Fresh, homemade butter is easier to make than you may think. See how to make butter and buttermilk from a container of cream.
The very first time I made butter I searched through seemingly endless websites and blogs that all droned on about how to make butter. Many of the posts were confusing and unnecessarily complicated.
Why? I wondered… why doesn’t someone make an easy to read, simple guide on butter making?
After all, making butter is one of the simplest things in the world, why must the instructions be so complicated?
This post may contain affiliate links - I may receive a commission if you purchase from the links.
Tips for Making Homemade Butter
1. Start with a quality heavy cream or whipping cream for making butter
Heavy cream and whipping cream contain between 35-40% fat. The process of making butter separates the fat from the liquid. The higher the fat content, the creamier your butter will be.
The best choice would be fresh, raw cream from local dairy cows. However, any store bought heavy cream without additives will work. The flavor of the butter will take on the same flavor of the cream, so choose a brand you like.
2. Let the cream warm before churning
Room-temperature cream, about 60˚F (15˚C) will separate faster than cold cream. Let the cream sit out on the counter for about 30 minutes before making butter.
3. Use a stand mixer with the paddle attachment
This recipe uses a stand mixer to make quick work of separating the butter from the buttermilk. If you don’t have a stand mixer, you can also use a blender, food processor, or consider this old-fashioned style butter churner.
Any tool that will agitate the cream will work, even shaking the cream in a covered jar. Expect it to take longer, between 5-30 minutes for the butter to separate, depending on the shaking.
How to Make Butter Step by Step:
Step 1: Gather up your materials!
You’ll need 1 quart of heavy cream or whipping cream and a stand mixer with the paddle attachment. If you’d like to make salted butter, you’ll of course need some salt.
Step 2: Pour the cream into the mixer and turn it on medium high.
You don’t want it up so high that cream is splashing out of the bowl, but turn that baby up as high as it can go before it starts splashing.
Step 3: Watch and wait while the heavy cream is in the mixer.
It will change drastically over the course of a few minutes. You’ll be able to clearly see the change from cream, to whipped cream, to crumbles of butter, to a solid piece of yellow butter with buttermilk in the bottom of the mixer. This will take 3-10 minutes. Drain the buttermilk and save for buttermilk biscuits or pancakes.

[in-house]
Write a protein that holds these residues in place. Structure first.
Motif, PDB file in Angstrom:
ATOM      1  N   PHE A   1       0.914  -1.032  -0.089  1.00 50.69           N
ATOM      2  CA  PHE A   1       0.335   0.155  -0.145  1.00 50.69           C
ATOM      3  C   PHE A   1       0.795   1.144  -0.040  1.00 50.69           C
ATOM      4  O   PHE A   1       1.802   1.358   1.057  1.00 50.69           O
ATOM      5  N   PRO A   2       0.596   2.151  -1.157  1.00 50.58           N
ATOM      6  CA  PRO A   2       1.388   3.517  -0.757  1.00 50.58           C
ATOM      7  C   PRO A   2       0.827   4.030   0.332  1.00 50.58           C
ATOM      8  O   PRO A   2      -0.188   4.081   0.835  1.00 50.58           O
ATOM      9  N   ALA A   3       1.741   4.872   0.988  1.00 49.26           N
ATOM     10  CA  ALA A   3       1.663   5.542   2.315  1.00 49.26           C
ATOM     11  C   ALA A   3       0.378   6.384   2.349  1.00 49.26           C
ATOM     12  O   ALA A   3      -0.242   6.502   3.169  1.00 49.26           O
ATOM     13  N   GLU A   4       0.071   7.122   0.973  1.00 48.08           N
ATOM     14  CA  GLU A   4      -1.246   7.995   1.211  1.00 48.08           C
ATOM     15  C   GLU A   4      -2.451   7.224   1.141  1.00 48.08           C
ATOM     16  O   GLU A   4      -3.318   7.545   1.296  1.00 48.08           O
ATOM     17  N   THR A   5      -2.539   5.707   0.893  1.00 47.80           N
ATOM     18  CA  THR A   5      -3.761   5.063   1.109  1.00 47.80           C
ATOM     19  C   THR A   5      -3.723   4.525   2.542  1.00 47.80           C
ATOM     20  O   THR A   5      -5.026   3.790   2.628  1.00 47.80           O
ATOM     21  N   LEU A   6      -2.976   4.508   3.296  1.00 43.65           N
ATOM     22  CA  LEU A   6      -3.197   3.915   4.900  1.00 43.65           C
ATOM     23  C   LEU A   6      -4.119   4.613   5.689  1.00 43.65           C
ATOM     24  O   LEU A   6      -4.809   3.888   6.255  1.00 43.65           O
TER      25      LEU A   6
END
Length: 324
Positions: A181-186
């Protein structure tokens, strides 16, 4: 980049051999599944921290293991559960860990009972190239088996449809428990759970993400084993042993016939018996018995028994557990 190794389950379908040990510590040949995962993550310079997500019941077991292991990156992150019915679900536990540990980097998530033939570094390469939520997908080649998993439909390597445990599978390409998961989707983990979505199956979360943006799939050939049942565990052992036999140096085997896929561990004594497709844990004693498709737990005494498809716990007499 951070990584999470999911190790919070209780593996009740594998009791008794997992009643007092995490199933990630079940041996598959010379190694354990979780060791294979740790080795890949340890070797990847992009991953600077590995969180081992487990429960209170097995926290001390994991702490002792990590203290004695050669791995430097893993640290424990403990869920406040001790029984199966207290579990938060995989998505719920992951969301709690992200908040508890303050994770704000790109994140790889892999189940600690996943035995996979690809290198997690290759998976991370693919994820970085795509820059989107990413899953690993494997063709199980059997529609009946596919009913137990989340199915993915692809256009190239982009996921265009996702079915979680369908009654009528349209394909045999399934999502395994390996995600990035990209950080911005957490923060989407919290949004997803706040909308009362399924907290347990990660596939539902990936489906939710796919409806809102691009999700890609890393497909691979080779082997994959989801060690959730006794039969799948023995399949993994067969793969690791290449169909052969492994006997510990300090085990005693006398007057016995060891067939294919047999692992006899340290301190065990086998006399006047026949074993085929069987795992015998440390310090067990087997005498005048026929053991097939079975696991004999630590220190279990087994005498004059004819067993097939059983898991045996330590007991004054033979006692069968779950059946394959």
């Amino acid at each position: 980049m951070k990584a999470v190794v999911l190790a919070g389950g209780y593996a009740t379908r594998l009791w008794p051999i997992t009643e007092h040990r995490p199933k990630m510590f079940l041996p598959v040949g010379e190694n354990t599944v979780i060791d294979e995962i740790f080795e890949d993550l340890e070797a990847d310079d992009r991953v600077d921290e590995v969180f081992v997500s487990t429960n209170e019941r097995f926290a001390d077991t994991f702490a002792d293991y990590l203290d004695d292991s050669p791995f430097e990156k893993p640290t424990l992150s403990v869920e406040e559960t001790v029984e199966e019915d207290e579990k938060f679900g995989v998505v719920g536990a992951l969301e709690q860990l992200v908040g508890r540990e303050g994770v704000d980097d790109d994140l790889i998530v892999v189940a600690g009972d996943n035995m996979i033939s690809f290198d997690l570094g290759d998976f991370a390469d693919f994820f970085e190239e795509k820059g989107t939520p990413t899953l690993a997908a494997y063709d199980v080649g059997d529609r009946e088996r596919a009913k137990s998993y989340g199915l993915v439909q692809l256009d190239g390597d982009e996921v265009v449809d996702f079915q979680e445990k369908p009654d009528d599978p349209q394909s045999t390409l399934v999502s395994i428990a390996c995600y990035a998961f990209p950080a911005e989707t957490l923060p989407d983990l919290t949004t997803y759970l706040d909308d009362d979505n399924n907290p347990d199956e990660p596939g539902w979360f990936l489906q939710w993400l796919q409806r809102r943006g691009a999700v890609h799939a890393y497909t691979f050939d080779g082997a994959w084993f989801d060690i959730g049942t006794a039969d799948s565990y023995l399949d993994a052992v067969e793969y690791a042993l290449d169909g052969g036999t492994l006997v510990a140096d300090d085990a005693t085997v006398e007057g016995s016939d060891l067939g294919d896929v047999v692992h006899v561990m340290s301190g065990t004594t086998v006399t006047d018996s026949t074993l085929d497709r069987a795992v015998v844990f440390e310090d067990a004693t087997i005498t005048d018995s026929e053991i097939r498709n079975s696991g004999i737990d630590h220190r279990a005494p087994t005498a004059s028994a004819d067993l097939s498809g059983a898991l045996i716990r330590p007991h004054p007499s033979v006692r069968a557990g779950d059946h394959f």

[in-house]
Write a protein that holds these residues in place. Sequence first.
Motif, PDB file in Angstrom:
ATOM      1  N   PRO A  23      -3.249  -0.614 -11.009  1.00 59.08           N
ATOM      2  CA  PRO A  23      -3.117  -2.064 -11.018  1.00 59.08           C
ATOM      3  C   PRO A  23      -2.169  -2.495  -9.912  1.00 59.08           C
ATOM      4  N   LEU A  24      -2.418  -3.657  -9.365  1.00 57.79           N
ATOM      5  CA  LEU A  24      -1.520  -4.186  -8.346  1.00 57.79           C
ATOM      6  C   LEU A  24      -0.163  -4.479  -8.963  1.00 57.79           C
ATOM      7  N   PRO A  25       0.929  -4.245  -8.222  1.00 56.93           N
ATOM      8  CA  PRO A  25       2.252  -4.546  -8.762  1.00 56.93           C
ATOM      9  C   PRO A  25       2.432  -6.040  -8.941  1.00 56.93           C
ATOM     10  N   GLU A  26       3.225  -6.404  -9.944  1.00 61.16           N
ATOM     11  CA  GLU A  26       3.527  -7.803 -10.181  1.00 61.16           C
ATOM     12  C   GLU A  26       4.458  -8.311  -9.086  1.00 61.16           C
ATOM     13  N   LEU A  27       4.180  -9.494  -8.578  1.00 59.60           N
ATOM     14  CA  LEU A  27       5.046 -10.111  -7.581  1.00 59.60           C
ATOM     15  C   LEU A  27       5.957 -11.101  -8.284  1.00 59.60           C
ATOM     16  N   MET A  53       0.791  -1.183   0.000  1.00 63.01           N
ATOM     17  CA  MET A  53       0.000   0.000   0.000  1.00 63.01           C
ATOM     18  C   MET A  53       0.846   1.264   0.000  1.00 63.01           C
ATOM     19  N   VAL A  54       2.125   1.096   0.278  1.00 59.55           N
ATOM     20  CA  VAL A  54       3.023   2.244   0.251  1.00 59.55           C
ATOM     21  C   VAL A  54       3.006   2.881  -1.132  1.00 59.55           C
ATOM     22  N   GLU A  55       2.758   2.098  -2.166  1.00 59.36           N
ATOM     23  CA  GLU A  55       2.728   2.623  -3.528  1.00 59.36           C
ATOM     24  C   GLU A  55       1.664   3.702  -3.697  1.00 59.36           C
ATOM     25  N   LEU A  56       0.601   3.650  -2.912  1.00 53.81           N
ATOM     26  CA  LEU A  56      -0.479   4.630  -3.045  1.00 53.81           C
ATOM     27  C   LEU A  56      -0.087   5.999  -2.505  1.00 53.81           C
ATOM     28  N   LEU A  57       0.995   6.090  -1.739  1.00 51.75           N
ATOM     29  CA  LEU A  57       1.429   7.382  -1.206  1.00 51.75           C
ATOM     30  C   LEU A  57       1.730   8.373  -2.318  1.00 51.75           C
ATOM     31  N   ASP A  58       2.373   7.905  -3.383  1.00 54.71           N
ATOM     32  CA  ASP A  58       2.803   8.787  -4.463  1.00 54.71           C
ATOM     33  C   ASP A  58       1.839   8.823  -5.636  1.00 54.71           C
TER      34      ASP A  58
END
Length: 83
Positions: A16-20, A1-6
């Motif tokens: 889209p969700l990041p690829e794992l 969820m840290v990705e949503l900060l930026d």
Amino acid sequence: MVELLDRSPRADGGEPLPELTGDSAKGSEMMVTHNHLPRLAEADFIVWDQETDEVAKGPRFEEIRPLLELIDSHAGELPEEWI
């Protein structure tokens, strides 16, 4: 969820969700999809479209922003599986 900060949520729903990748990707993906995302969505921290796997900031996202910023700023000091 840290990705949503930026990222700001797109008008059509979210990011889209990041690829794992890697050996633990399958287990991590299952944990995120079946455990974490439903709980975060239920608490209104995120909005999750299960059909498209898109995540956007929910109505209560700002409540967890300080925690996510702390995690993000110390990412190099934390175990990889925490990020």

Step 4: Wash the butter.
Hold the butter in your hands under cold running water. Gently squeeze it and knead it under the water. This step removes the remaining buttermilk from the butter. If you don’t remove the buttermilk the butter will spoil quickly. When the water is running clear you’ll know all the buttermilk has been removed.
Step 5: Add salt to your butter
If you’d like salted butter, now is the time to salt it. Start by adding 1 teaspoon of kosher salt to the butter and mix well. Give it a taste, if it’s not salted enough for you, you can always add more.
Form the butter into a ball, or use a spatula to place it into a container for safekeeping. Store the butter in a sealed container in the refrigerator for 2-3 weeks. Butter will last longer if all the buttermilk is removed. For longer storage, freeze for up to three months.
How to Make Butter Visually: If you’d like to download and print this guide for your own personal use, you can download the PDF here: How to make butter: A visual guide
How to Make Butter
- 1 quart heavy cream or whipping cream room temperature
- kosher salt (optional)
- Add the cream to the bowl of a stand mixer. Turn to medium high.
- Continue mixing until the butter separates from the buttermilk, about 3-10 minutes.
- Drain the buttermilk and refrigerate for later. Use the buttermilk for buttermilk biscuits or pancakes.
- Wash the butter by squeezing and kneading it under running water to release the remaining buttermilk. Keep washing the butter until the water is clear, about 5 minutes.
- Optional: Add salt to taste. Begin by adding 1 teaspoon of kosher salt to the butter and mix well. Taste and add more if desired.
- Store the butter in a sealed container in the refrigerator for 2-3 weeks. For longer storage, freeze for up to three months.
- This recipe makes about 1 pound of butter and roughly 2 cups of buttermilk.